KK: Markis’ demise a great loss to badminton

PETALING JAYA: The death of 36-year-old legendary Indonesian doubles ace Markis Kido (pic) due to heart attack has sent shock waves through the badminton fraternity.

Among them are none other than former rivals Koo Kien Keat, 35, and Tan Boon Heong, 33, who both paid tributes to the Olympics and world champion.

Kien Keat-Boon Heong were one of Markis-Hendra Setiawan’s fiercest rivals from 2006 to 2010.

Together with China’s Cai Yun-Fu Haifeng and Jung Jae-sung-Lee Yong-dae, the pairs were regarded as the “Fantastic Four” of men’s doubles event of their era.

“Our long rivalry goes back to when we’re playing in the Asian Junior championships at the age of 16, and it went all the way until my retirement,” said Kien Keat.

“We shared a similar playing style and whenever we faced Markis and Hendra, it’s Markis that I would always pay extra attention to.

“I’m so sorry to hear this news. I didn’t expect him to pass away at such a young age. It’s a great loss to badminton. Rest in peace, my friend.”

Kien Keat-Boon Heong had dueled 12 times with Markis-Hendra throughout their career and triumphed in eight of them.

But some of the defeats Markis-Hendra had inflicted on the Malaysians were among the most painful ones.

Kien Keat recalled: “From the many battles, there were two most unforgettable ones. One was the 2008 Beijing Olympics (which they lost 16-21, 18-21 in the quarter-finals) because it was our first ever defeat to them after seven meetings. It could not have come at a worst time especially as it was the Olympics. I was really disappointed back then.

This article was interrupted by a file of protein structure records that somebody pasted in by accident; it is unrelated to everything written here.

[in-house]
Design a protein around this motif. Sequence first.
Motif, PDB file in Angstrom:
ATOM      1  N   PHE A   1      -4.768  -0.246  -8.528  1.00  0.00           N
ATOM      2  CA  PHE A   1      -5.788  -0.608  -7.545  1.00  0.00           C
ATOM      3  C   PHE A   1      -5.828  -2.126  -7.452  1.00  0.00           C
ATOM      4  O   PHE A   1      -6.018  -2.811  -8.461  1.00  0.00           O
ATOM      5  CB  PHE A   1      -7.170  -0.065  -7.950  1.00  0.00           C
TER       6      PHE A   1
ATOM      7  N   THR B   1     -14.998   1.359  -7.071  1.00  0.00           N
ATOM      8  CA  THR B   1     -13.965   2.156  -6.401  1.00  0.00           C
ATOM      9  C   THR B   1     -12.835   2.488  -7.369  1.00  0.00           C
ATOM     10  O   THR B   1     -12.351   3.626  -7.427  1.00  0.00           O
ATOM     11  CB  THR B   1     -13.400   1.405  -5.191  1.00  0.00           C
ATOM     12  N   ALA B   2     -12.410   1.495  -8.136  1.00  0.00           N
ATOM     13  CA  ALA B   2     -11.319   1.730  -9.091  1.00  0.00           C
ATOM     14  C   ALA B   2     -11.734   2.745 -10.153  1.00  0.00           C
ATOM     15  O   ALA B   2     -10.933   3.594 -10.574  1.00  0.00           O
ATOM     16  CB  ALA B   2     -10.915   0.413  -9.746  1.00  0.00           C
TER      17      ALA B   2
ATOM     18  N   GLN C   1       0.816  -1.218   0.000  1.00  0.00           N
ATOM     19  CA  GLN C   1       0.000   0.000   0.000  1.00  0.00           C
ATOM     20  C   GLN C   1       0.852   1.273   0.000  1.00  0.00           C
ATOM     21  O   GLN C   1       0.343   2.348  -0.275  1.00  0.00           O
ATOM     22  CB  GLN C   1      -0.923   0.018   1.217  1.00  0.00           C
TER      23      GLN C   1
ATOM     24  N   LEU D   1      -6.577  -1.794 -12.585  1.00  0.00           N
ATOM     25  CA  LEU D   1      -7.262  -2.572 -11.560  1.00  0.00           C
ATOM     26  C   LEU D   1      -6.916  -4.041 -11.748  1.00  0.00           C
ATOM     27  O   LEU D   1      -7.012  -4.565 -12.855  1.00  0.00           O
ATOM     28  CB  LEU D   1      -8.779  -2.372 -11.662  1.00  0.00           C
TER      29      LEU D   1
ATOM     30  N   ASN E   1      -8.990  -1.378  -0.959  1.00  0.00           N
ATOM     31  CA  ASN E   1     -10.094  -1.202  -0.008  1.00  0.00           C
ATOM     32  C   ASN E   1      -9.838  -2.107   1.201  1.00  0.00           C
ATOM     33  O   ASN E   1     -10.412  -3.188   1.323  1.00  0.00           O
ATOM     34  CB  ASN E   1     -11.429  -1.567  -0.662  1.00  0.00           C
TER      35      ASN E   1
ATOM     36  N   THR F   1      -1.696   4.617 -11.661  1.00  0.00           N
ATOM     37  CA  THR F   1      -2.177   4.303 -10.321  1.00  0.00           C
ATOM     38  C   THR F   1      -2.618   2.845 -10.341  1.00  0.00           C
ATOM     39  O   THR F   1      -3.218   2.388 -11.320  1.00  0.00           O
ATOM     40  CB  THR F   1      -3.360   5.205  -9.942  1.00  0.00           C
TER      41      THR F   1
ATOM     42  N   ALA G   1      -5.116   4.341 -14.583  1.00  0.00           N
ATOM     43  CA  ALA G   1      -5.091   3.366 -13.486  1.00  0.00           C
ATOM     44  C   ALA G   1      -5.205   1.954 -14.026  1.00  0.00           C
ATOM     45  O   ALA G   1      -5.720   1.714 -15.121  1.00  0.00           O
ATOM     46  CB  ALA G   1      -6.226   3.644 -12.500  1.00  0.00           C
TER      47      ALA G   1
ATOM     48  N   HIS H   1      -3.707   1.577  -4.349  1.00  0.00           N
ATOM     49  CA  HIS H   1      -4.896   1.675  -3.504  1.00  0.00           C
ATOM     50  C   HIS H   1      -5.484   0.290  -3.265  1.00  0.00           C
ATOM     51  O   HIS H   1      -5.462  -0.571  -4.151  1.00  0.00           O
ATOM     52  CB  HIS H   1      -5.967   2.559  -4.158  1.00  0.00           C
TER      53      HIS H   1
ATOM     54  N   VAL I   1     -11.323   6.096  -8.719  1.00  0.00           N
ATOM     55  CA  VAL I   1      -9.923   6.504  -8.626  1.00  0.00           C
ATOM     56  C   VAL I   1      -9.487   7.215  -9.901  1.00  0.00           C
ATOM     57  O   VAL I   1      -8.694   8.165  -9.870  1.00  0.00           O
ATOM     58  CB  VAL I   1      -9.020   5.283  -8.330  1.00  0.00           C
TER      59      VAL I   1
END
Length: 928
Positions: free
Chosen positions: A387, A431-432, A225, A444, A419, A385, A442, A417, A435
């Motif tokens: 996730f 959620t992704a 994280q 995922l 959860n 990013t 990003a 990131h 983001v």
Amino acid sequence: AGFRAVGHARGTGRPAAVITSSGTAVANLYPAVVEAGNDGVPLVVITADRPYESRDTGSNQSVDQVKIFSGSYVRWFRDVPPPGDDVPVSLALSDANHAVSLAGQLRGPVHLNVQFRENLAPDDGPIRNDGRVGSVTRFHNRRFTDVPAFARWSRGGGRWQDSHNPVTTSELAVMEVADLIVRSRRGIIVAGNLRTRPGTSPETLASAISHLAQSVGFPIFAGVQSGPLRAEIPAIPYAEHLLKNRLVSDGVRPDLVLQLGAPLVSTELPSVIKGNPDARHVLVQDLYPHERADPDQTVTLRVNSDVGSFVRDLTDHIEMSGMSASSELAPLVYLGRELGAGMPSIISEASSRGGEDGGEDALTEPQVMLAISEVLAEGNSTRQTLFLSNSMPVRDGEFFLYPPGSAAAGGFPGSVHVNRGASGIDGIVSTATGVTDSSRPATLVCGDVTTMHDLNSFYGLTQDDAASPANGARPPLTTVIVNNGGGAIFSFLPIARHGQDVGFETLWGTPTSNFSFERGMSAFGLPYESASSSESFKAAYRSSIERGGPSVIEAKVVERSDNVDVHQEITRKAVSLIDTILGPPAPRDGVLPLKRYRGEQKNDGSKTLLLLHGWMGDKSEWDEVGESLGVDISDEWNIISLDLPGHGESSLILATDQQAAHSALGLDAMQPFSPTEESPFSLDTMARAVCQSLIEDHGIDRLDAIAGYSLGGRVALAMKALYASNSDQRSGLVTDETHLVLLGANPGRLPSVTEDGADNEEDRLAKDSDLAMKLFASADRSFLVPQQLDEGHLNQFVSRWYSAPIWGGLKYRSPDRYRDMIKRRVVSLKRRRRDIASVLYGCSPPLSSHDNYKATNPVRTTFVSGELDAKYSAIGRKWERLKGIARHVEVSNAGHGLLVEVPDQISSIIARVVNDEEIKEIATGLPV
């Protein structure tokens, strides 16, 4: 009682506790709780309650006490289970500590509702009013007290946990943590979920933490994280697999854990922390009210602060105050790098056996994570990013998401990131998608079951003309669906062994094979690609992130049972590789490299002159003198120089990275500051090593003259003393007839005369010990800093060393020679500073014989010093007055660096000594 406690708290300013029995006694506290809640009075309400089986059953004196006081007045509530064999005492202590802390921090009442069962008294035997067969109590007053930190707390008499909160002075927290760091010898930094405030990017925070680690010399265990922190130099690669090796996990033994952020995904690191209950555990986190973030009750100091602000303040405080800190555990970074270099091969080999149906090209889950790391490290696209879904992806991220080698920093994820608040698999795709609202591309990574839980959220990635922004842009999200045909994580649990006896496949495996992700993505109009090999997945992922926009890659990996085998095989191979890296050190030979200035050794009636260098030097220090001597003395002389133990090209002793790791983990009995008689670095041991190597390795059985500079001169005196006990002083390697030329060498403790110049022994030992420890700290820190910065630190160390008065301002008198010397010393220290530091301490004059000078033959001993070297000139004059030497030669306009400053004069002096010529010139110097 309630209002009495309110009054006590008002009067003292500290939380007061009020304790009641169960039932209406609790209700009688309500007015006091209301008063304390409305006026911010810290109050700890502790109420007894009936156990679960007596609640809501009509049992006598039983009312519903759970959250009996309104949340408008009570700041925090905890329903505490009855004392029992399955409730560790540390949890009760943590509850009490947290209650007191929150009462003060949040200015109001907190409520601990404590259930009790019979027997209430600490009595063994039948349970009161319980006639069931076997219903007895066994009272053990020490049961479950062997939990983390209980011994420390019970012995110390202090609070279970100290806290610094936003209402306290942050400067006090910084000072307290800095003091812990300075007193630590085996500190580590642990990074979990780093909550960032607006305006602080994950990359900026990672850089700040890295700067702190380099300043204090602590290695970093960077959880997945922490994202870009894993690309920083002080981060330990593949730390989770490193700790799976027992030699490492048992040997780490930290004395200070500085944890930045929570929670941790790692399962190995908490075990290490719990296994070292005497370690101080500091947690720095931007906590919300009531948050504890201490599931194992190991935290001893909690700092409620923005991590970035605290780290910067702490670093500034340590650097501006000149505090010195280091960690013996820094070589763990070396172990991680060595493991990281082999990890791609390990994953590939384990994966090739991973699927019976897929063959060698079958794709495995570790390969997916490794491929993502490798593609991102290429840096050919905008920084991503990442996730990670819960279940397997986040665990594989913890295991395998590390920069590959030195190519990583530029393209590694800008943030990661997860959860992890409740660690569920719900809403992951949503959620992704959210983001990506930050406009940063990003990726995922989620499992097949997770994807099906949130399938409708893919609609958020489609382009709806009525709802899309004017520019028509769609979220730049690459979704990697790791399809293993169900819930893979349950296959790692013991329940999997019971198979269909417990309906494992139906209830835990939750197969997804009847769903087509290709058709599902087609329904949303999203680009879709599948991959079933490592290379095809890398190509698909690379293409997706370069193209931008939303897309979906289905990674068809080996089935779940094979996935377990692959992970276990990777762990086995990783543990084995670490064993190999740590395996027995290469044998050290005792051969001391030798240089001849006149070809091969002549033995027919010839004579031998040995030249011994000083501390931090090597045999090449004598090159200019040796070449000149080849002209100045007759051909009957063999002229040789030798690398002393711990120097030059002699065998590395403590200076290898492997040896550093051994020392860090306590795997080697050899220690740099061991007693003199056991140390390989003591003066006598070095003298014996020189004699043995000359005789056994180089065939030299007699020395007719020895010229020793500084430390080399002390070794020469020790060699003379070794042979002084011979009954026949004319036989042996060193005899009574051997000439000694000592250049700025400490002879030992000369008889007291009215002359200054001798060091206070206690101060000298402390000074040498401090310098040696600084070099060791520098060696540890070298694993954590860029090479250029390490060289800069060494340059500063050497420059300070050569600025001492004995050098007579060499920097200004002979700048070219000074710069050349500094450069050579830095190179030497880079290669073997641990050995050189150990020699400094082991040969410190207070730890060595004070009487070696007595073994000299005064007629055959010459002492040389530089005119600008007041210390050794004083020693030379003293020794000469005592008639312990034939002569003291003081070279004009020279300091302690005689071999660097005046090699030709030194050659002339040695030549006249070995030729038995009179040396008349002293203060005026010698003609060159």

“The other was the 2010 Guangzhou Asian Games final. It was our second straight final after the Doha success (in 2006), we wanted to defend the gold so much. We lost by a whisker (21-16, 24-26, 19-21). That victory meant a lot for Markis and Hendra as they fulfilled their major titles collection after having won the World Championships in 2007 and Olympics gold in 2008.”

Boon Heong said he had planned to catch up with Markis for a badminton session once the Covid-19 pandemic blows over but it was just not meant to be.

“When I first heard about his death from Datuk Lee (Chong Wei), it hit me so bad that I didn’t know how to react for a moment,” he said.

“I have quite a good relationship with Markis, Hendra and other Indonesian players. We keep in touch, and meet up for a meal and a good chat.

“I actually wanted to go to Indonesia to pay Markis a visit and play badminton with him after the pandemic but he’s now gone.”

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